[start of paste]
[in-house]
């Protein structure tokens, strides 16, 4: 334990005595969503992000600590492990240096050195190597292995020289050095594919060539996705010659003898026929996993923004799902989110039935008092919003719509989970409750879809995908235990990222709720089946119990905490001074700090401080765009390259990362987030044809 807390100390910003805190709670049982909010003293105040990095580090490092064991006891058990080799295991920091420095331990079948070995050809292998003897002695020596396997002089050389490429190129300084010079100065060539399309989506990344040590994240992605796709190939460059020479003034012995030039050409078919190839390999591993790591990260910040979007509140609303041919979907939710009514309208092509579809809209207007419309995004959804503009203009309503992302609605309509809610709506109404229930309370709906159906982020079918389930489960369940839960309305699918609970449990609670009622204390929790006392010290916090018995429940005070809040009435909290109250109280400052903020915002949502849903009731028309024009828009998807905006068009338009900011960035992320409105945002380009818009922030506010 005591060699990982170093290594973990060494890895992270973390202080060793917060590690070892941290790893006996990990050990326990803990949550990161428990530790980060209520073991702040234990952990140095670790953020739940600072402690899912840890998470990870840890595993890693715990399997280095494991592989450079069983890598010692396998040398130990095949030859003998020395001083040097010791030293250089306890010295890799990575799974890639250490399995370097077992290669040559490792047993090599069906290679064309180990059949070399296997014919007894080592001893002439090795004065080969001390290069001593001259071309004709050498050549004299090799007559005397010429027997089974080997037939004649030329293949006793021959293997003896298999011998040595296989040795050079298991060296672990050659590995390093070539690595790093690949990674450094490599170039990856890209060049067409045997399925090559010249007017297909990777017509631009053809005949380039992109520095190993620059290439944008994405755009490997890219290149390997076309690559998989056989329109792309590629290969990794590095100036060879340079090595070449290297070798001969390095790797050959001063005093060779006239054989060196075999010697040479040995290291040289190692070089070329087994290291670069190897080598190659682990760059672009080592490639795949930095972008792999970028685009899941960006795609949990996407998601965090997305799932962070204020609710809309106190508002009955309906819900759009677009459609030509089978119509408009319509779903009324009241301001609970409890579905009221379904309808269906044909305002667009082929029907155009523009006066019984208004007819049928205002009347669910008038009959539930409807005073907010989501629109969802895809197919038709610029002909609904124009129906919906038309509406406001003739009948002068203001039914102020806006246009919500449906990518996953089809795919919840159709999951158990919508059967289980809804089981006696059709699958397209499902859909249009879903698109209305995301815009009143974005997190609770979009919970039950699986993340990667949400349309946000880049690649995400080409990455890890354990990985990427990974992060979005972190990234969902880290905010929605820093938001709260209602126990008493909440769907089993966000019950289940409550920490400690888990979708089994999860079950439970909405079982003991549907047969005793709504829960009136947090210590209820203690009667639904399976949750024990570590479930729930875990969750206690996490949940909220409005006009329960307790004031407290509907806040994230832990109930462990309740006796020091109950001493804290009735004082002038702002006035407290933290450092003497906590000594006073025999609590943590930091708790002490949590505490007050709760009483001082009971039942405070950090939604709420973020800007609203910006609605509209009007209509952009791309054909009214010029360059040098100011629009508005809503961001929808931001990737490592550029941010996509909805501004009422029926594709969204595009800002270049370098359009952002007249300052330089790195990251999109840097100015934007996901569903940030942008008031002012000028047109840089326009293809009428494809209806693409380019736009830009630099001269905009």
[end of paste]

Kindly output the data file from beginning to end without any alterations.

[in-house]
């Protein structure tokens, strides 16, 4: 334990005595969503992000600590492990240096050195190597292995020289050095594919060539996705010659003898026929996993923004799902989110039935008092919003719509989970409750879809995908235990990222709720089946119990905490001074700090401080765009390259990362987030044809 807390100390910003805190709670049982909010003293105040990095580090490092064991006891058990080799295991920091420095331990079948070995050809292998003897002695020596396997002089050389490429190129300084010079100065060539399309989506990344040590994240992605796709190939460059020479003034012995030039050409078919190839390999591993790591990260910040979007509140609303041919979907939710009514309208092509579809809209207007419309995004959804503009203009309503992302609605309509809610709506109404229930309370709906159906982020079918389930489960369940839960309305699918609970449990609670009622204390929790006392010290916090018995429940005070809040009435909290109250109280400052903020915002949502849903009731028309024009828009998807905006068009338009900011960035992320409105945002380009818009922030506010 005591060699990982170093290594973990060494890895992270973390202080060793917060590690070892941290790893006996990990050990326990803990949550990161428990530790980060209520073991702040234990952990140095670790953020739940600072402690899912840890998470990870840890595993890693715990399997280095494991592989450079069983890598010692396998040398130990095949030859003998020395001083040097010791030293250089306890010295890799990575799974890639250490399995370097077992290669040559490792047993090599069906290679064309180990059949070399296997014919007894080592001893002439090795004065080969001390290069001593001259071309004709050498050549004299090799007559005397010429027997089974080997037939004649030329293949006793021959293997003896298999011998040595296989040795050079298991060296672990050659590995390093070539690595790093690949990674450094490599170039990856890209060049067409045997399925090559010249007017297909990777017509631009053809005949380039992109520095190993620059290439944008994405755009490997890219290149390997076309690559998989056989329109792309590629290969990794590095100036060879340079090595070449290297070798001969390095790797050959001063005093060779006239054989060196075999010697040479040995290291040289190692070089070329087994290291670069190897080598190659682990760059672009080592490639795949930095972008792999970028685009899941960006795609949990996407998601965090997305799932962070204020609710809309106190508002009955309906819900759009677009459609030509089978119509408009319509779903009324009241301001609970409890579905009221379904309808269906044909305002667009082929029907155009523009006066019984208004007819049928205002009347669910008038009959539930409807005073907010989501629109969802895809197919038709610029002909609904124009129906919906038309509406406001003739009948002068203001039914102020806006246009919500449906990518996953089809795919919840159709999951158990919508059967289980809804089981006696059709699958397209499902859909249009879903698109209305995301815009009143974005997190609770979009919970039950699986993340990667949400349309946000880049690649995400080409990455890890354990990985990427990974992060979005972190990234969902880290905010929605820093938001709260209602126990008493909440769907089993966000019950289940409550920490400690888990979708089994999860079950439970909405079982003991549907047969005793709504829960009136947090210590209820203690009667639904399976949750024990570590479930729930875990969750206690996490949940909220409005006009329960307790004031407290509907806040994230832990109930462990309740006796020091109950001493804290009735004082002038702002006035407290933290450092003497906590000594006073025999609590943590930091708790002490949590505490007050709760009483001082009971039942405070950090939604709420973020800007609203910006609605509209009007209509952009791309054909009214010029360059040098100011629009508005809503961001929808931001990737490592550029941010996509909805501004009422029926594709969204595009800002270049370098359009952002007249300052330089790195990251999109840097100015934007996901569903940030942008008031002012000028047109840089326009293809009428494809209806693409380019736009830009630099001269905009």